Tuesday, December 14, 2004
Quasi-Legal (or Quasi-Illegal) British Mushrooms
Vice Squad has noted before (here and here) the odd legal position of 'magic' mushrooms in Great Britain. They are legal to possess, to grow, and (less certainly) to sell as long as they are not 'prepared'. Why? The reasoning is that they are 'natural', so possession or consumption alone can't be illegal. But any 'preparation' might convert a mushroom seller into a supplier of a class A drug, for which life imprisonment is a possibility. (Perhaps this is why the mushrooms are magic -- they lead the law to hallucinate.) So now there are lives at stake with respect to precisely what it means to 'prepare' the mushrooms. If any packaging or weighing or cultivation is deemed to be preparation, then the mushrooms will effectively be illegal.
There are apparently some 400 shops selling magic mushrooms openly in Britain -- but now some sellers are being arrested. Today's Guardian has the story. Has the law changed? Not the written law, but police behavior, in some parts of Britain, seems to be hardening. The whole situation is in a muddle. Customs and Excise declared that mushroom sales were subject to the value-added tax, but had to back away from that determination when the police were trying to make some of these sales illegal. (Vice Squad has mentioned before the possibility that taxing an illegal good can pave the way to its legalization.) One Labour MP, quoted in the Guardian article, sums up the situation this way:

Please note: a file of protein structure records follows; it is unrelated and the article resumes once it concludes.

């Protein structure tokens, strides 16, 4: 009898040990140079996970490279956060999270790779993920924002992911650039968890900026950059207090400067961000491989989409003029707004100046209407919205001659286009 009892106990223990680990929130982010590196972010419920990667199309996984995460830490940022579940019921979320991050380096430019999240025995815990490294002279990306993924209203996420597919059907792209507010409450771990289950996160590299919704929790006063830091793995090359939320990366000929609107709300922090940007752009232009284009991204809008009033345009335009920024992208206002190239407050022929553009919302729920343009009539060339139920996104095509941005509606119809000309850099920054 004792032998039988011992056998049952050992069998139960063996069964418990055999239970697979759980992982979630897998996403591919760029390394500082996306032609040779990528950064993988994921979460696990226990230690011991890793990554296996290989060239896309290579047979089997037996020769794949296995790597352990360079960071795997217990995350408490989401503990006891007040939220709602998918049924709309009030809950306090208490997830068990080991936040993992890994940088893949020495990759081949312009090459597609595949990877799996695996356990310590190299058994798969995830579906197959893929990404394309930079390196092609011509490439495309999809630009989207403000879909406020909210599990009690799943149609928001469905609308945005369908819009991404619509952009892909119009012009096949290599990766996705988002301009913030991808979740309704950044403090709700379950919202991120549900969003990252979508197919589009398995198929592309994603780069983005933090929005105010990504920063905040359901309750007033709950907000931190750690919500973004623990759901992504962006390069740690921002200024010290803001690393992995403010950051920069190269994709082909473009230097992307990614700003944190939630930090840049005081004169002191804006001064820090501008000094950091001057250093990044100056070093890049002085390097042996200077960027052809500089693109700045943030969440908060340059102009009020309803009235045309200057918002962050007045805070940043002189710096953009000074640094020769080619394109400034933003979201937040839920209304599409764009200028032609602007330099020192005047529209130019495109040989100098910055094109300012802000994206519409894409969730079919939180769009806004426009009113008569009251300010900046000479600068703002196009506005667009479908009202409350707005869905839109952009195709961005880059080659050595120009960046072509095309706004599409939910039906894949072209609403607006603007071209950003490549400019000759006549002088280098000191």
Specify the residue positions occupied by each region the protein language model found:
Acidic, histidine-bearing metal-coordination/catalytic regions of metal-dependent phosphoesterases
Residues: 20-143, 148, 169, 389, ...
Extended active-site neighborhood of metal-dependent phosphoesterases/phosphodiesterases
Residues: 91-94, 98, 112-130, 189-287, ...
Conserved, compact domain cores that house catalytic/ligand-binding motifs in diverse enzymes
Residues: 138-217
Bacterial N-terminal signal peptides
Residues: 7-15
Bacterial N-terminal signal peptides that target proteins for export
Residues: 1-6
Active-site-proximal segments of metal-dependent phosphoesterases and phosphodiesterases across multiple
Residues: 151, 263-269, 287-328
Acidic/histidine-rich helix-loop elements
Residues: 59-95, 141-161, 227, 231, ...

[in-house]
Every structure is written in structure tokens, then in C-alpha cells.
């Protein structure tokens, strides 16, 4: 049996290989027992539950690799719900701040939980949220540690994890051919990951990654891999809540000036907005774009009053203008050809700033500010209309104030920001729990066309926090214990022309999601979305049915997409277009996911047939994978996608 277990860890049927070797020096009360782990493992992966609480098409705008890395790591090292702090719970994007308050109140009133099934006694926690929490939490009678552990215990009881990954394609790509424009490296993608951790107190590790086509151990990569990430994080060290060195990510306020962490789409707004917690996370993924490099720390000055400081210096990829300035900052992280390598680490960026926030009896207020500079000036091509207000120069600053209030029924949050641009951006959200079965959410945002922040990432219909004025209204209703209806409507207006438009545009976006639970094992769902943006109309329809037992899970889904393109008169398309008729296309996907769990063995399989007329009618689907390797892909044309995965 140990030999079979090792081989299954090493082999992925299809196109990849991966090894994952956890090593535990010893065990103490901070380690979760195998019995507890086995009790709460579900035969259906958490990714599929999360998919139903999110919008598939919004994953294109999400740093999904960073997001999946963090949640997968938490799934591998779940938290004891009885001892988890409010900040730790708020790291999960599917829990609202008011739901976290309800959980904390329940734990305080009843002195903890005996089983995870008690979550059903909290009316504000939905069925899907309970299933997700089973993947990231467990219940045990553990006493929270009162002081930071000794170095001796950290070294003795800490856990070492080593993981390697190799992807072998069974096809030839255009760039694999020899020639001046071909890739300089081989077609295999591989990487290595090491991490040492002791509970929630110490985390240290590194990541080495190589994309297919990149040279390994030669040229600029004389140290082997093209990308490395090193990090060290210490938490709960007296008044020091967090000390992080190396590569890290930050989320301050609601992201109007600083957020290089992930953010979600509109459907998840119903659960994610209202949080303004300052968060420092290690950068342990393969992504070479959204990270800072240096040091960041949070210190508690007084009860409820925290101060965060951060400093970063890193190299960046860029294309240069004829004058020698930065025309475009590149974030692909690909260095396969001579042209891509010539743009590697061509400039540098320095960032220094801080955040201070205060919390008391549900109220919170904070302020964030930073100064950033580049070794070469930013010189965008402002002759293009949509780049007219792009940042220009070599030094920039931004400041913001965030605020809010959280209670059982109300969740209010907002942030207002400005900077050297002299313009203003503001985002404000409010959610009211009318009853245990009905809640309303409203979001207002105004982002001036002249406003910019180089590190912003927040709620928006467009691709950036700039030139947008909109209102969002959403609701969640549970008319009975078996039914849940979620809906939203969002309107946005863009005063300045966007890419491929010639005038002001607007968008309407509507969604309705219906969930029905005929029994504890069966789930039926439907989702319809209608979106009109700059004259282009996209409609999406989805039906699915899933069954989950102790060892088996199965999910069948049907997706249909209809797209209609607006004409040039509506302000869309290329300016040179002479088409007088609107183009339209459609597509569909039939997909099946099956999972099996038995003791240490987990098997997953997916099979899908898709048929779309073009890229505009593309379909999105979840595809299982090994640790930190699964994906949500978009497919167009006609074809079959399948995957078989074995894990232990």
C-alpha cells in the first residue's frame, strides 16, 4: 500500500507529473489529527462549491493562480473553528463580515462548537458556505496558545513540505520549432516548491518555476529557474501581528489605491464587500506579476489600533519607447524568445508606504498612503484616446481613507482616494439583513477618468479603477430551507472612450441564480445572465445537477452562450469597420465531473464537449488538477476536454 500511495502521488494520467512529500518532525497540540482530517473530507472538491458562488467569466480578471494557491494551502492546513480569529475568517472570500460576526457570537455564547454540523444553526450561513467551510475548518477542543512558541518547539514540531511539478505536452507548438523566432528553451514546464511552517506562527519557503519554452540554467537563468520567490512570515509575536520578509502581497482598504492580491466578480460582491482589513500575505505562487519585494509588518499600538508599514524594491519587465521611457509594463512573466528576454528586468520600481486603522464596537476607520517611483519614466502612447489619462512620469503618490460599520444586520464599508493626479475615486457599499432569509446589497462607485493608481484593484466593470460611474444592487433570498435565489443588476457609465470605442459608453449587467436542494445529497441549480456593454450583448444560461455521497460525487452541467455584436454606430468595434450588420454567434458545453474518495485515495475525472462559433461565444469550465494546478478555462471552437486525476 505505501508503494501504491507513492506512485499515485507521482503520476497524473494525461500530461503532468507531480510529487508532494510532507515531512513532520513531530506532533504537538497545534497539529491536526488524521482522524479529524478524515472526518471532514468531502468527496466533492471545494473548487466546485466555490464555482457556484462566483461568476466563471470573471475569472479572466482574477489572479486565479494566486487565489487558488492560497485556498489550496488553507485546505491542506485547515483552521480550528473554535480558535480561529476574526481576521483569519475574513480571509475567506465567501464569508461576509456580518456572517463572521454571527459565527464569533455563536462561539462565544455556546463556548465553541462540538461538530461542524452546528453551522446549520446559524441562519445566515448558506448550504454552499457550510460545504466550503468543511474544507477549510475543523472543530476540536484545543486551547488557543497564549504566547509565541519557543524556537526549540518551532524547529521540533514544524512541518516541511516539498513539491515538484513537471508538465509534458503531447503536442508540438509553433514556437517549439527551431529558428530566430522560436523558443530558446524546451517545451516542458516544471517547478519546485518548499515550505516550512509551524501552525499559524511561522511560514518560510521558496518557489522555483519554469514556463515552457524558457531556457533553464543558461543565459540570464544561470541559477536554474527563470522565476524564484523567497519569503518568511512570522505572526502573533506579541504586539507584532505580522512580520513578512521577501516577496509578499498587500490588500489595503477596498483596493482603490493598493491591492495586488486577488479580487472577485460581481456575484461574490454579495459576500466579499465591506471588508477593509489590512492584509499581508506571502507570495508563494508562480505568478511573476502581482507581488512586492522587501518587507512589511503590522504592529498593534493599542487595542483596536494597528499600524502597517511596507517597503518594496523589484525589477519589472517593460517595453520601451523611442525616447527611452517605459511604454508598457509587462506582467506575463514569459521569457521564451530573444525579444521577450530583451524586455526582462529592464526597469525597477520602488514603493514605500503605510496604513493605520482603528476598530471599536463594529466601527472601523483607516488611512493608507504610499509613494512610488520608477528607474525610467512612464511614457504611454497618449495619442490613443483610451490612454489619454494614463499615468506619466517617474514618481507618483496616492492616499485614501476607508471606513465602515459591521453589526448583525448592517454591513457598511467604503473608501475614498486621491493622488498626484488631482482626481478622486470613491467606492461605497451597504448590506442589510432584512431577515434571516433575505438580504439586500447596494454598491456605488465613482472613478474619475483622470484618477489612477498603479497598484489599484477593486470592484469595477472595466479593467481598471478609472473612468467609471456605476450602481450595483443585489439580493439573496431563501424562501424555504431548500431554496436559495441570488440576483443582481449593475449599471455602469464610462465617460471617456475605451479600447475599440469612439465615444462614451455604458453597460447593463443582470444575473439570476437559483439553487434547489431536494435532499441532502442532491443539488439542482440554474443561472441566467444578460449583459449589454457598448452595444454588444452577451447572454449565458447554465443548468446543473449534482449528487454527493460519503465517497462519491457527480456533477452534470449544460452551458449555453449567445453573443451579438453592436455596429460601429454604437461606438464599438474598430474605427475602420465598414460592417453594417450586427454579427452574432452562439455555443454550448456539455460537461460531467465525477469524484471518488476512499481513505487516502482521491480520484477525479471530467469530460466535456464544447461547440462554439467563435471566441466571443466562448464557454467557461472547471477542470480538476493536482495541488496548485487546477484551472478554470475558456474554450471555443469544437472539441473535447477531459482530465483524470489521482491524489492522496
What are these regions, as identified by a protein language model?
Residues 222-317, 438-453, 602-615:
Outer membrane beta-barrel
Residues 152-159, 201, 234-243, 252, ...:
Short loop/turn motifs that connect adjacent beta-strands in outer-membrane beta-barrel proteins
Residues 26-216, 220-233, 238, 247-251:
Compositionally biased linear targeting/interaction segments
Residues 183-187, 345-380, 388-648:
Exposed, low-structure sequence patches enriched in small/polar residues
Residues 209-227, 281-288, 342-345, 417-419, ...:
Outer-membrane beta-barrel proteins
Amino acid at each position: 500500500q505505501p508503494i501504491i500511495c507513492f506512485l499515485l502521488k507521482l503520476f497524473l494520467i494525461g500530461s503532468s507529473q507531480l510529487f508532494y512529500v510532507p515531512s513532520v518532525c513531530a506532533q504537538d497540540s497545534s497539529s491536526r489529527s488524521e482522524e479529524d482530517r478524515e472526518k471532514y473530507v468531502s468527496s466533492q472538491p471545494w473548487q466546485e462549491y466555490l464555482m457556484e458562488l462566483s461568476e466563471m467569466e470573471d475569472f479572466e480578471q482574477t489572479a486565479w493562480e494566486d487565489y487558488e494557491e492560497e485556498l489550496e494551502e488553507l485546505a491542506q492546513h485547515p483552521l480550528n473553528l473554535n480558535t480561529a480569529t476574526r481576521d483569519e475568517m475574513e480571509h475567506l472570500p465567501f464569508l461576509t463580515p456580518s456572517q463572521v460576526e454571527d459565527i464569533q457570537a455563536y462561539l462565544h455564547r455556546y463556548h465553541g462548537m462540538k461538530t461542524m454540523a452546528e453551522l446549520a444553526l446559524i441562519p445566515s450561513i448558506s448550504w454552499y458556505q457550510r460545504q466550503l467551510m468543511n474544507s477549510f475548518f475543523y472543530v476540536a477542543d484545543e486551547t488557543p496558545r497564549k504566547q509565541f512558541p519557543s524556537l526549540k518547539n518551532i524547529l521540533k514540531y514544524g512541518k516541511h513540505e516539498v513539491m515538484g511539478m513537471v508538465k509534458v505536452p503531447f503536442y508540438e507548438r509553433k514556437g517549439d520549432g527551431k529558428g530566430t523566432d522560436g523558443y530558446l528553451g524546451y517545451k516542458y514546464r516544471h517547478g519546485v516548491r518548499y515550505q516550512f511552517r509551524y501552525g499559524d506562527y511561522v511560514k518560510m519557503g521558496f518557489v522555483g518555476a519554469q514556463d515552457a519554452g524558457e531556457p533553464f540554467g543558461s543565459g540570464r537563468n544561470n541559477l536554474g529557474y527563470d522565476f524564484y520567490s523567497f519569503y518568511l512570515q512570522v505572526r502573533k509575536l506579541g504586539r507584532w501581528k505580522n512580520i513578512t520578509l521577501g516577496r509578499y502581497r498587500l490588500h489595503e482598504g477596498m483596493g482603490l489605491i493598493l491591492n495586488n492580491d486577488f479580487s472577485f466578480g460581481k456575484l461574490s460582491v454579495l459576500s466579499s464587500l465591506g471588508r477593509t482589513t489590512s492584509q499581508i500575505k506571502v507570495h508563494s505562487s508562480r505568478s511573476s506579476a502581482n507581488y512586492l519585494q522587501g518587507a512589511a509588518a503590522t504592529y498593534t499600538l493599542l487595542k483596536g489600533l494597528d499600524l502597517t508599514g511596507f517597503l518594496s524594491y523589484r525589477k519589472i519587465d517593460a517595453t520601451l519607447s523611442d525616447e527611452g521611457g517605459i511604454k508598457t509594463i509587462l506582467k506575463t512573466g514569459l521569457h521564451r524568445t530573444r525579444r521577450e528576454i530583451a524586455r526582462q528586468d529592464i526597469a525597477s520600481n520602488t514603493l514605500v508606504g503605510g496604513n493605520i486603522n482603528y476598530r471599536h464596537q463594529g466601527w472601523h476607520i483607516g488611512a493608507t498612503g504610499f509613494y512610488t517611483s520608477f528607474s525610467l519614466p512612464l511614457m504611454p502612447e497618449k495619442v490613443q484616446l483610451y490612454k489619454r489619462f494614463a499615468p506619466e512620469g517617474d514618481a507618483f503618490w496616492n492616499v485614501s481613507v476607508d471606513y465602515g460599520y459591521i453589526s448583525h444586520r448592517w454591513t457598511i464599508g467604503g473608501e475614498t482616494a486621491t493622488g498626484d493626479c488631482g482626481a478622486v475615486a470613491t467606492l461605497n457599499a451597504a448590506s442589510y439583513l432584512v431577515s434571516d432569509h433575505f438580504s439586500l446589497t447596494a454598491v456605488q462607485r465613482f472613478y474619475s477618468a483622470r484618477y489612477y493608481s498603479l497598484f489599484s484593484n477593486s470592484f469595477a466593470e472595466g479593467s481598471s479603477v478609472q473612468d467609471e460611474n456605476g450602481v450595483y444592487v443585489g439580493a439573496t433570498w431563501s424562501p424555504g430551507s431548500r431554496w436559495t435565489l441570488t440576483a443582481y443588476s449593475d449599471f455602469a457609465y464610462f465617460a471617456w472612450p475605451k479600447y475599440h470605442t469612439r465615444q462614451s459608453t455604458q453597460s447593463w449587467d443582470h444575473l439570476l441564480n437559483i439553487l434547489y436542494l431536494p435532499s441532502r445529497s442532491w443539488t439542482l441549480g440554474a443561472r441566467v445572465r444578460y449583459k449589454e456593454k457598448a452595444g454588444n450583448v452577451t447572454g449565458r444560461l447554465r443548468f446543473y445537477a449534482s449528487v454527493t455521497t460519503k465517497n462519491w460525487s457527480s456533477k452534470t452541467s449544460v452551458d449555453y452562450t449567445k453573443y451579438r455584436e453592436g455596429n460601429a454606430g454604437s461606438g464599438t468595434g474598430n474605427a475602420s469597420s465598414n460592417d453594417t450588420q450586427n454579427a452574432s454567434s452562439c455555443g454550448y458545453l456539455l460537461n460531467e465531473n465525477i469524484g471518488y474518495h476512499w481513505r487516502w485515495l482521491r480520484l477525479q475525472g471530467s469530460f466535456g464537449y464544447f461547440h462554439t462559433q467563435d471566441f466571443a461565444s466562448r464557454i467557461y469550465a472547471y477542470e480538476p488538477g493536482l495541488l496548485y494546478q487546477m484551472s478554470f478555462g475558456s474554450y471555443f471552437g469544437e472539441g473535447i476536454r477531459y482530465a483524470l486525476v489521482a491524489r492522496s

"It's crazy: if you pick them, that's legal; if you keep them overnight, that's illegal because they dry out. The effect of magic mushrooms is minor compared with other drugs. There is a market for them and it would be better to allow it to operate. There are plenty of medicinal drugs that cause far more damage than magic mushrooms. But there are no signs of any intelligence in drug policy from the government. When they say the word 'drugs', you can be sure that the word 'tough' won't be far behind."